Prerequisite: ENVS 100 or ENVS 110 and MATH 108. Provides students with foundations in quantitative analysis methods used to analyze environmental data. These methods are applied to real-world cases, and students will conduct a full analysis and prepare a professional report as part of a group process. Cross-listed With: ENVA 250.
Prerequisites: CHEM 113 with a grade of C- (1.7) or higher, and one of the following: ENVS 212, CHEM 230, or CHEM 236. This course provides in-depth coverage of major topics in the chemistry of the environment, including tropospheric air pollution, stratospheric ozone depletion, aquatic chemistry, water pollution and water treatment, soil chemistry, and toxic organic compounds. Offered intermittently. Cross-listed with: CHEM 311.
This course explores two primary aspects of water resource availability: surface water hydrology and water quality. Process analyses of environmental problems are used throughout this course to aid in the development of scientific knowledge and environmental impacts on water. Prerequisite: ENVS 212
Prerequisite: ENVS 210. An overview of concepts and practices in restoration ecology. Emphasis will be on the application of ecological principles to restoration design, implementation, and monitoring. Two lectures and one laboratory session each week.
Prerequisite: ENVS 210 or permission of instructor. This upper-division lecture and laboratory course reviews basic concepts of ecology as they apply to wetland ecosystems. Major course topics include: wetland hydrology and soils, wetland biota and their adaptations, wetland types, and policies for wetland management.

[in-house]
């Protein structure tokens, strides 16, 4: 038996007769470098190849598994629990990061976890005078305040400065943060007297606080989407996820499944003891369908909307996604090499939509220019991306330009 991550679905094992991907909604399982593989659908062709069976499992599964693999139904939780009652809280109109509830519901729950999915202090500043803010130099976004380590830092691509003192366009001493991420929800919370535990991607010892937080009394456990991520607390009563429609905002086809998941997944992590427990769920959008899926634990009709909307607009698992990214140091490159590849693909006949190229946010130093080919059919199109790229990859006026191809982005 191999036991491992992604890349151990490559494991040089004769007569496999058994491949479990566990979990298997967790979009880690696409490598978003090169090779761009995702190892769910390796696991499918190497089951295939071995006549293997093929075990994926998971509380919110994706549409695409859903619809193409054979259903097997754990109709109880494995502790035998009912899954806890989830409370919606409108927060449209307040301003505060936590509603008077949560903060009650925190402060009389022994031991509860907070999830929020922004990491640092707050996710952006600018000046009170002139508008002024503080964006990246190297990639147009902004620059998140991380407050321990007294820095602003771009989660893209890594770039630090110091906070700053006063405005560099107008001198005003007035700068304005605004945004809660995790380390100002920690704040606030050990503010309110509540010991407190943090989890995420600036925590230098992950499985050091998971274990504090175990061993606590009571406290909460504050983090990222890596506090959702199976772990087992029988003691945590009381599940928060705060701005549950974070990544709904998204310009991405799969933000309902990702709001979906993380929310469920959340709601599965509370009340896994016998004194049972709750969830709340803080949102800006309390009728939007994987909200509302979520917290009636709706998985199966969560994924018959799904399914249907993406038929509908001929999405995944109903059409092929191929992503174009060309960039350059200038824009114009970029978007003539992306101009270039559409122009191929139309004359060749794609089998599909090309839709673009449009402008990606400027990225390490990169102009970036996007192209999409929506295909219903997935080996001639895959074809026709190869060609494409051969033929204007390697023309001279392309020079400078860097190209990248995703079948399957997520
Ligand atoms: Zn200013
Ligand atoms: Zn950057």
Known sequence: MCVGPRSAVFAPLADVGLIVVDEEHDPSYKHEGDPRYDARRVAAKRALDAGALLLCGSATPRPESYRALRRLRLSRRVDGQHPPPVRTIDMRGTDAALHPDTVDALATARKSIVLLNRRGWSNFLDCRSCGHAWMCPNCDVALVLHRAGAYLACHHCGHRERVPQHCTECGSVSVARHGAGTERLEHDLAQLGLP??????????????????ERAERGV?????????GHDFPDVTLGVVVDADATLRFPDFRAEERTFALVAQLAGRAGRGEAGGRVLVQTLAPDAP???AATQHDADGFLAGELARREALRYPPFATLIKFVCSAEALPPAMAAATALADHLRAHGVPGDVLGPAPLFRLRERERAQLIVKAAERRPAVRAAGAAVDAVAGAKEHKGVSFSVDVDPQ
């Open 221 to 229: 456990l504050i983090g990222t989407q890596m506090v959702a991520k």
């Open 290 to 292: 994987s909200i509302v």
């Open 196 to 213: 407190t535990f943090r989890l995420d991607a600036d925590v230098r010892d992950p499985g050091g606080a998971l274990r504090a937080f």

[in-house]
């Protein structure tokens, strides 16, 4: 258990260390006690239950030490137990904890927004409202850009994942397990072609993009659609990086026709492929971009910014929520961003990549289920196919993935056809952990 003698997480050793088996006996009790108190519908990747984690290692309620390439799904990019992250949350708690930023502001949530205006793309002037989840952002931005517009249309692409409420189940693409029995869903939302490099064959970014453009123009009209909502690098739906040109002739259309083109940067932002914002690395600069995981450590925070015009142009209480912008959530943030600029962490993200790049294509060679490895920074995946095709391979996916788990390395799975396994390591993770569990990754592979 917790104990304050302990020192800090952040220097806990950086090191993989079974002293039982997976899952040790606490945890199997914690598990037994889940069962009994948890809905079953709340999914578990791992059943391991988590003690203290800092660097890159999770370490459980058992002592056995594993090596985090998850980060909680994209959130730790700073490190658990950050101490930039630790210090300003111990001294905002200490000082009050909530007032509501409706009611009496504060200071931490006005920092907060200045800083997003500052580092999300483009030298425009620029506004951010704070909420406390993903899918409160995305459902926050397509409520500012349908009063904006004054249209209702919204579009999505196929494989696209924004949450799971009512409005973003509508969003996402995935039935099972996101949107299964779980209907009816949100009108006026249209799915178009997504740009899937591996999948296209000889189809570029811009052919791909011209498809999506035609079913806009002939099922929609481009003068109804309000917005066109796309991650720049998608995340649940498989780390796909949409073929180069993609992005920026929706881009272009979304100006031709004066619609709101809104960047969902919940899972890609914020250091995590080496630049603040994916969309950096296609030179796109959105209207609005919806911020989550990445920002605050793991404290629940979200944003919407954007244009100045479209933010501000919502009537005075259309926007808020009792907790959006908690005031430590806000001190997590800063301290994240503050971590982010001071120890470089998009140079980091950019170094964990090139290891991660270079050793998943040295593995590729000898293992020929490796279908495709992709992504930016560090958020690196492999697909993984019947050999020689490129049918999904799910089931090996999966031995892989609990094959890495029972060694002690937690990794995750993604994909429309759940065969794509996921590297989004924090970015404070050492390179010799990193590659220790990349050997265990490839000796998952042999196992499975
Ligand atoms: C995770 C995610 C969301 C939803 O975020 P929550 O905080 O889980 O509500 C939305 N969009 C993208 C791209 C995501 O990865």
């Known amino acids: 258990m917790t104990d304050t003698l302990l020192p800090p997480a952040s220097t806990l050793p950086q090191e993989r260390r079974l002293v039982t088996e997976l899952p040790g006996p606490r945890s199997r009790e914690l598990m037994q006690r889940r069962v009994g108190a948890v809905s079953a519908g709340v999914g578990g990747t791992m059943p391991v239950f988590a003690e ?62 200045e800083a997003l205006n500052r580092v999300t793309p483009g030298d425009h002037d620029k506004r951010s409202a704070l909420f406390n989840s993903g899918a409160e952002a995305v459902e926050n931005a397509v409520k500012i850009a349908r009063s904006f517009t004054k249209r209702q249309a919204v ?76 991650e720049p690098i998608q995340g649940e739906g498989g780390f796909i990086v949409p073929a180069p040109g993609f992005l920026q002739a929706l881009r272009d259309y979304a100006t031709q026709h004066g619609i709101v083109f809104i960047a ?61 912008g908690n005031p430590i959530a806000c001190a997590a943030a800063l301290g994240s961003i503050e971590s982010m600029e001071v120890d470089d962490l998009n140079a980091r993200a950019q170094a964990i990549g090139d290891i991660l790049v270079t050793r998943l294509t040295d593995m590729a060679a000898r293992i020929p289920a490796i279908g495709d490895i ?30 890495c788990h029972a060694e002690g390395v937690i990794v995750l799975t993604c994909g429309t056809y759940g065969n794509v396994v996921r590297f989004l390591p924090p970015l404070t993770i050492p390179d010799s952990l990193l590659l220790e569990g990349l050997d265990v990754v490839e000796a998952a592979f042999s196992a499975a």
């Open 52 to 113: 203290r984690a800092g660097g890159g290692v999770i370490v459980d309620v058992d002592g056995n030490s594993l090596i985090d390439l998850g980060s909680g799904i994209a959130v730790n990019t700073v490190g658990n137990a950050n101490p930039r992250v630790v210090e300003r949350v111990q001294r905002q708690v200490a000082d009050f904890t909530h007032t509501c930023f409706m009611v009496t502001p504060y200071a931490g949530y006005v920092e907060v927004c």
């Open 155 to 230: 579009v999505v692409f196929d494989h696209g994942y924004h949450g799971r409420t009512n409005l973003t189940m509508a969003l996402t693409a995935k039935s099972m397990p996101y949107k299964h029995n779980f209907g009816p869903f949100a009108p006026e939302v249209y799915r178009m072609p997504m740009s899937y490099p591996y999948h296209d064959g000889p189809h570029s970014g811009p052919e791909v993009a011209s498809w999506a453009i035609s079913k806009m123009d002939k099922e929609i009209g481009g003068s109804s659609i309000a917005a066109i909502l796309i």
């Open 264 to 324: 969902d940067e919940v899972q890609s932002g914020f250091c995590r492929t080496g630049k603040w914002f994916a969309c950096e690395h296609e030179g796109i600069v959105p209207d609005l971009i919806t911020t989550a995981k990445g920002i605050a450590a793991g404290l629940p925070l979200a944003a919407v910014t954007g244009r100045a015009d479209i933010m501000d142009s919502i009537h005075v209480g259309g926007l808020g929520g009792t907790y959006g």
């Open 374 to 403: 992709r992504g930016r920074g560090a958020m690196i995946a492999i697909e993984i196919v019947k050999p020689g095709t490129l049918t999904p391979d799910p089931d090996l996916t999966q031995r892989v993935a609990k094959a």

This course will explore the diversity of ecosystems found throughout California with a focus on plant ecology. Students will be introduced to main concepts and current research in plant ecology in both terrestrial and aquatic ecosystems. Course content will highlight how the availability of water, nutrients, light, interactions with neighboring plants or animals, and the frequency of disturbances such as a fire interact to influence the plant communities or vegetation in an ecosystem. This course will also examine human impacts on California’s ecosystems, their management, and current state of restoration efforts. Emphasis will be placed on a holistic and hands-on approach to ecosystem ecology, using field trip exploration of ecosystems, laboratory exercises, and class discussions to reinforce scientific principles.
This course explores how poisons in the environment impact both people and ecosystems. Topics include environmental estrogens and the feminization of amphibians, heavy metal toxicity, pesticide use, and the spread of diseases. Prerequisite: CHEM 113.
Prerequisites: CHEM 111 CHEM 113 Recommended: CHEM 236 . Environmental health is concerned with effects the environment can have on the general health and well being of humans. Environmental toxicology investigates the impacts pollutants have on the structure and function of ecosystems. Major topics will include toxicological aspects of water and air pollution, biological contaminants, heavy metals, and pesticides and other toxins as they relate to environmental health.